Turkey has led international condemnation of Kosovo’s decision to open an embassy in Jerusalem. For the Balkan state, however, Israeli recognition of its independence is more important than appeasing its erstwhile allies.
Kosovo has officially opened an embassy in the city of Jerusalem, the first European and Muslim-majority country to do so.
The event was marked with a brief ceremony during which the flag of Kosovo was raised in front of the building that now serves as its embassy.
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Ines Demiri, Kosovo’s charge d’affaires to Israel, called it a “truly proud and historic moment”.
“The greatest honour of my life is to have this opportunity to open the embassy and proudly serve my country in Israel,” Demiri wrote on Twitter.
The opening of the embassy follows a landmark agreement between Kosovo and Israel to establish diplomatic relations. Israel, previously a notable holdout, recognised Kosovo’s independence in September last year.
As part of the deal, Kosovo in turn recognised Jerusalem as the capital of Israel – a move that put it at odds with the rest of the Islamic world, and which also brought condemnation from the European Union. Kosovo joins the United States and Guatemala as the only countries who have moved their embassies in Israel to Jerusalem. Earlier this month, Czechia opened a representative office in the city, while its official embassy remains in Tel Aviv.
“The embassy will be strongly committed to increasing bilateral cooperation and strengthening the international subjectivity of the state of Kosovo,” said the country’s acting foreign minister Besnik Tahiri, who added that Israel’s recognition of Kosovo is one of the most important since the country declared independence from Serbia in 2008.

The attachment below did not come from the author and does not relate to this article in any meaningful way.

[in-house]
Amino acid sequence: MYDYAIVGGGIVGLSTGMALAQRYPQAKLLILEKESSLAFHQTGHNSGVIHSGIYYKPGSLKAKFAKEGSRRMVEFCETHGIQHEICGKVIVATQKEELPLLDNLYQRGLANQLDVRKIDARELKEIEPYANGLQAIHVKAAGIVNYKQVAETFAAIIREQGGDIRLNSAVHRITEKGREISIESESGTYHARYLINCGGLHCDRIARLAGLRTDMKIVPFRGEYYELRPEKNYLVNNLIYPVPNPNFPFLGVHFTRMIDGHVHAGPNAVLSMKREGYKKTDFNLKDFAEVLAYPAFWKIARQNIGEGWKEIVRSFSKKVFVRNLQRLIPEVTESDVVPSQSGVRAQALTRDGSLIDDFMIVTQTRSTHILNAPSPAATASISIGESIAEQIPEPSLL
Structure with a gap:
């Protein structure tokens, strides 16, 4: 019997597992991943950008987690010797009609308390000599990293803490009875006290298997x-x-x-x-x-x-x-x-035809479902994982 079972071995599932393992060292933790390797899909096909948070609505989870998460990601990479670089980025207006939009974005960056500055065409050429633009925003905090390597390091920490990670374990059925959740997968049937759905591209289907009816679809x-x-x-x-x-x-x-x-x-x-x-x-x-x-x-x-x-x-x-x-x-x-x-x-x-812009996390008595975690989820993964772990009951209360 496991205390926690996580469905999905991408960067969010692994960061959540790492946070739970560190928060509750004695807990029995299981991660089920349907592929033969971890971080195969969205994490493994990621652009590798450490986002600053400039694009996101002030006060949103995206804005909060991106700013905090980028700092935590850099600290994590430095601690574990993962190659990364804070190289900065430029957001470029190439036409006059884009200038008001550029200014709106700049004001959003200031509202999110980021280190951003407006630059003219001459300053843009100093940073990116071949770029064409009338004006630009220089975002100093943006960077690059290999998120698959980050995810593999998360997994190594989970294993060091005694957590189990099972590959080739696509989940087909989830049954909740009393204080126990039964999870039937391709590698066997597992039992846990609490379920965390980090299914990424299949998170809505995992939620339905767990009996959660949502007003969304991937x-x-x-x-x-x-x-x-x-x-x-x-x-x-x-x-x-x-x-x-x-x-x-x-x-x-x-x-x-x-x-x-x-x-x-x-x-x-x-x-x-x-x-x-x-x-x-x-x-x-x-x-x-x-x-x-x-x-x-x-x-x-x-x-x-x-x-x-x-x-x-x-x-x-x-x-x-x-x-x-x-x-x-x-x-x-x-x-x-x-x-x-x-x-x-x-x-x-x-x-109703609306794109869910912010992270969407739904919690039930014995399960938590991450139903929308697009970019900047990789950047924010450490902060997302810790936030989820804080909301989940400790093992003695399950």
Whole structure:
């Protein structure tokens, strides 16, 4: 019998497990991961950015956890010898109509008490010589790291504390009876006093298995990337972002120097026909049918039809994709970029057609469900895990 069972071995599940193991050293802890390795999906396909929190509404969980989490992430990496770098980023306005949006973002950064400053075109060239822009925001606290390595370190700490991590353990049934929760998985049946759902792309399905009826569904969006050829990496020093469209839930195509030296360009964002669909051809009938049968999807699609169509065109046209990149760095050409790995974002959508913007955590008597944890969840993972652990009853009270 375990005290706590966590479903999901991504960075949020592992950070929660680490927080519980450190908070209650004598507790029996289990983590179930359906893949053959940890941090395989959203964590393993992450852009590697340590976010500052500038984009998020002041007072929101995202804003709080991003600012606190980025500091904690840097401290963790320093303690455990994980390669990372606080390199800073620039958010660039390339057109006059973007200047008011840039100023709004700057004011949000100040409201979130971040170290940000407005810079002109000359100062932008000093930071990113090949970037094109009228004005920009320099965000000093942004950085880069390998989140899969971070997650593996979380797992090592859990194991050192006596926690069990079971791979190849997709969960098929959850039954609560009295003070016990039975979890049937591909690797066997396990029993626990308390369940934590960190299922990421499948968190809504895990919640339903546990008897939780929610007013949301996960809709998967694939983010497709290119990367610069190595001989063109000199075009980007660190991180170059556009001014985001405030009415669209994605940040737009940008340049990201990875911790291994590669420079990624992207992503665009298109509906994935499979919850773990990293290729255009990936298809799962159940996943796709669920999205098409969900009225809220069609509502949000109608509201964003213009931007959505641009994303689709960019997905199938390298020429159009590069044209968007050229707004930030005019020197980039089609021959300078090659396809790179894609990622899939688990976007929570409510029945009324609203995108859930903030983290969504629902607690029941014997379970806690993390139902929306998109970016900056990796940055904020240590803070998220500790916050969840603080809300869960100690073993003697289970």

With the embassy now open, Kosovo has fulfilled all of its obligations under the Kosovo and Serbia economic normalisation agreement signed at the White House last September.
As part of the deal, Serbia, which has long had diplomatic ties with Israel, also agreed to move its embassy in Israel to Jerusalem, but has yet to do so.
The provision that both countries would open embassies in the disputed city was controversial from the start. The Trump administration recognised Jerusalem as the capital of Israel in 2017 and then moved the country’s embassy the following year.
In the EU however, this is seen as a violation of international law, with all member states sticking to the United Nations consensus that the final status of Jerusalem should be resolved through negotiation, and therefore locating their embassies in Tel Aviv prior to a final, negotiated, agreement.
The international community, bar the United States, sees East Jerusalem as occupied territory. Two UN resolutions have condemned Israel’s attempt to annex the part of the city that Palestinians are claiming as the future capital of their own state.
Turkey, a close ally of Kosovo and one of the first countries to recognise its independence, has nevertheless led condemnation of Kosovo for opening a Jerusalem embassy.
“By acting this way, Kosovar leaders have violated the established parameters of the peace process, including the relevant UN resolutions on the status of Jerusalem,” said the country’s foreign ministry in a statement.
Turkish President Recep Tayyip Erdoğan had previously warned Kosovo’s PM-designate Albin Kurti that setting up an embassy in Jerusalem could damage relations between the two countries.
Recognition above all
For Kosovo, however, boosting the number of countries that recognise it is currently more important than EU membership.
Serbia has for a number of years been carrying out a campaign to persuade countries to ‘de-recognise’ Kosovo.
Serbia’s campaign, where the country attempted and at times succeeded in persuading third countries to withdraw their recognition of Kosovo’s independence has been extremely controversial, and was partly the reason behind Kosovo’s introduction of 100 per cent import tariffs on Serbian goods in 2018. The tariffs were removed in April 2020.
Conversely, Kosovo’s attempts to join international organisations has always been frustrated by officials in Belgrade. Serbian leaders have long viewed any potential inclusion of Kosovo in organisations such as Interpol as strengthening the position of a country that it still considers to be one of its provinces.
Kosovo declared independence from Serbia in 2008, nine years after NATO conducted a 78-day airstrike campaign to stop a Serb crackdown against ethnic Albanians in Kosovo.
Most Western nations – including the US – have recognised Kosovo’s independence, but Serbia and its allies Russia and China, as well as five EU countries (Cyprus, Greece, Romania, Slovakia, Spain) have not.
Photo: Kosovo Foreign Ministry.
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